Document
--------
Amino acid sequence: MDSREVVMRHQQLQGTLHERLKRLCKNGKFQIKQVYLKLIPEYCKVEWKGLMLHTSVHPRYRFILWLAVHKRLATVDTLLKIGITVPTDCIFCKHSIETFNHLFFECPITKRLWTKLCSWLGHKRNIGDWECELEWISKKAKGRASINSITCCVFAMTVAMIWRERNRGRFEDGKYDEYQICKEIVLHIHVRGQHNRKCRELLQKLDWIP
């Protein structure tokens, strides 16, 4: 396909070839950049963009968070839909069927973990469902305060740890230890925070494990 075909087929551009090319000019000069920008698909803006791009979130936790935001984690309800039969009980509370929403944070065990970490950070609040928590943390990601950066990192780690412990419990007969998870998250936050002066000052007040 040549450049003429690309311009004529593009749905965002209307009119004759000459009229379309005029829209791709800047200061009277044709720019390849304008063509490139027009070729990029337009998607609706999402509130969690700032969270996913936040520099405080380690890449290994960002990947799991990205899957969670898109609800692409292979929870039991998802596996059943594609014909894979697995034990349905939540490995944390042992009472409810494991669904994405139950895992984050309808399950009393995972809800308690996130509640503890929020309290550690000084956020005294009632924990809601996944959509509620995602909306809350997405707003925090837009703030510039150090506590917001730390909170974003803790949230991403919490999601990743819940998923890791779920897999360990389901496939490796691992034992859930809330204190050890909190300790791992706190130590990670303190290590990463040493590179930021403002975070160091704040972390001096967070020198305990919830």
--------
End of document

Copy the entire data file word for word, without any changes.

Amino acid sequence: MDSREVVMRHQQLQGTLHERLKRLCKNGKFQIKQVYLKLIPEYCKVEWKGLMLHTSVHPRYRFILWLAVHKRLATVDTLLKIGITVPTDCIFCKHSIETFNHLFFECPITKRLWTKLCSWLGHKRNIGDWECELEWISKKAKGRASINSITCCVFAMTVAMIWRERNRGRFEDGKYDEYQICKEIVLHIHVRGQHNRKCRELLQKLDWIP
């Protein structure tokens, strides 16, 4: 396909070839950049963009968070839909069927973990469902305060740890230890925070494990 075909087929551009090319000019000069920008698909803006791009979130936790935001984690309800039969009980509370929403944070065990970490950070609040928590943390990601950066990192780690412990419990007969998870998250936050002066000052007040 040549450049003429690309311009004529593009749905965002209307009119004759000459009229379309005029829209791709800047200061009277044709720019390849304008063509490139027009070729990029337009998607609706999402509130969690700032969270996913936040520099405080380690890449290994960002990947799991990205899957969670898109609800692409292979929870039991998802596996059943594609014909894979697995034990349905939540490995944390042992009472409810494991669904994405139950895992984050309808399950009393995972809800308690996130509640503890929020309290550690000084956020005294009632924990809601996944959509509620995602909306809350997405707003925090837009703030510039150090506590917001730390909170974003803790949230991403919490999601990743819940998923890791779920897999360990389901496939490796691992034992859930809330204190050890909190300790791992706190130590990670303190290590990463040493590179930021403002975070160091704040972390001096967070020198305990919830």